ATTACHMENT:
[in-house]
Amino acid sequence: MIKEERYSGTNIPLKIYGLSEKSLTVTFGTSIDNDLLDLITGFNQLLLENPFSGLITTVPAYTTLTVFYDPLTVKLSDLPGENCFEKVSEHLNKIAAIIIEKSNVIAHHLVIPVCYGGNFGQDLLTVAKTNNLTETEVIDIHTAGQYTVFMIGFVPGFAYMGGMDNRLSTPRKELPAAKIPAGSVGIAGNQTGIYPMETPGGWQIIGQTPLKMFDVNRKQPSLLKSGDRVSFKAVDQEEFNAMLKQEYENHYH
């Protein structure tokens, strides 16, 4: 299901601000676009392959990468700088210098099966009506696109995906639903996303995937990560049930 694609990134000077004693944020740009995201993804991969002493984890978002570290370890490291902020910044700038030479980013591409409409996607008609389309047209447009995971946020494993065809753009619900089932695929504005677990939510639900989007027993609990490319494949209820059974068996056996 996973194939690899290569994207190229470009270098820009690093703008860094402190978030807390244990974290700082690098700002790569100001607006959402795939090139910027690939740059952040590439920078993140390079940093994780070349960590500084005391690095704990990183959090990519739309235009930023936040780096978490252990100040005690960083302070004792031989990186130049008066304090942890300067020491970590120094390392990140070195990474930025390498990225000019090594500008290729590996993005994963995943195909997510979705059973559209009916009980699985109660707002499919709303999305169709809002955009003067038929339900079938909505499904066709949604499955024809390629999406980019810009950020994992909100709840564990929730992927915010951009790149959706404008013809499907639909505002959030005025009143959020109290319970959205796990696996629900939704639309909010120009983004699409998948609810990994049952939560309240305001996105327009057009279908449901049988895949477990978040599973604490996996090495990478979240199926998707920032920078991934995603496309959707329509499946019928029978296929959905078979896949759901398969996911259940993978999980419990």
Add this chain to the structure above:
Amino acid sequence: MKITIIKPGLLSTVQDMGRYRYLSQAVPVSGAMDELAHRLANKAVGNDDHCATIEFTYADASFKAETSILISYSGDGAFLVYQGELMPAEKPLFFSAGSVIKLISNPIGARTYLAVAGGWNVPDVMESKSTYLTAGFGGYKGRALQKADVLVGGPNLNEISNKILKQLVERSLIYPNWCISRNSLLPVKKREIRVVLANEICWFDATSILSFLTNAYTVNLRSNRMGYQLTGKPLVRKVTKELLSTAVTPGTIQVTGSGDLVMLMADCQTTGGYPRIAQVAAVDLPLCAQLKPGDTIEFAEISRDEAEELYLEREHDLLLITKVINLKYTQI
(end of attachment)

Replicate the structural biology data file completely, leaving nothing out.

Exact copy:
[in-house]
Amino acid sequence: MIKEERYSGTNIPLKIYGLSEKSLTVTFGTSIDNDLLDLITGFNQLLLENPFSGLITTVPAYTTLTVFYDPLTVKLSDLPGENCFEKVSEHLNKIAAIIIEKSNVIAHHLVIPVCYGGNFGQDLLTVAKTNNLTETEVIDIHTAGQYTVFMIGFVPGFAYMGGMDNRLSTPRKELPAAKIPAGSVGIAGNQTGIYPMETPGGWQIIGQTPLKMFDVNRKQPSLLKSGDRVSFKAVDQEEFNAMLKQEYENHYH
């Protein structure tokens, strides 16, 4: 299901601000676009392959990468700088210098099966009506696109995906639903996303995937990560049930 694609990134000077004693944020740009995201993804991969002493984890978002570290370890490291902020910044700038030479980013591409409409996607008609389309047209447009995971946020494993065809753009619900089932695929504005677990939510639900989007027993609990490319494949209820059974068996056996 996973194939690899290569994207190229470009270098820009690093703008860094402190978030807390244990974290700082690098700002790569100001607006959402795939090139910027690939740059952040590439920078993140390079940093994780070349960590500084005391690095704990990183959090990519739309235009930023936040780096978490252990100040005690960083302070004792031989990186130049008066304090942890300067020491970590120094390392990140070195990474930025390498990225000019090594500008290729590996993005994963995943195909997510979705059973559209009916009980699985109660707002499919709303999305169709809002955009003067038929339900079938909505499904066709949604499955024809390629999406980019810009950020994992909100709840564990929730992927915010951009790149959706404008013809499907639909505002959030005025009143959020109290319970959205796990696996629900939704639309909010120009983004699409998948609810990994049952939560309240305001996105327009057009279908449901049988895949477990978040599973604490996996090495990478979240199926998707920032920078991934995603496309959707329509499946019928029978296929959905078979896949759901398969996911259940993978999980419990």
Add this chain to the structure above:
Amino acid sequence: MKITIIKPGLLSTVQDMGRYRYLSQAVPVSGAMDELAHRLANKAVGNDDHCATIEFTYADASFKAETSILISYSGDGAFLVYQGELMPAEKPLFFSAGSVIKLISNPIGARTYLAVAGGWNVPDVMESKSTYLTAGFGGYKGRALQKADVLVGGPNLNEISNKILKQLVERSLIYPNWCISRNSLLPVKKREIRVVLANEICWFDATSILSFLTNAYTVNLRSNRMGYQLTGKPLVRKVTKELLSTAVTPGTIQVTGSGDLVMLMADCQTTGGYPRIAQVAAVDLPLCAQLKPGDTIEFAEISRDEAEELYLEREHDLLLITKVINLKYTQI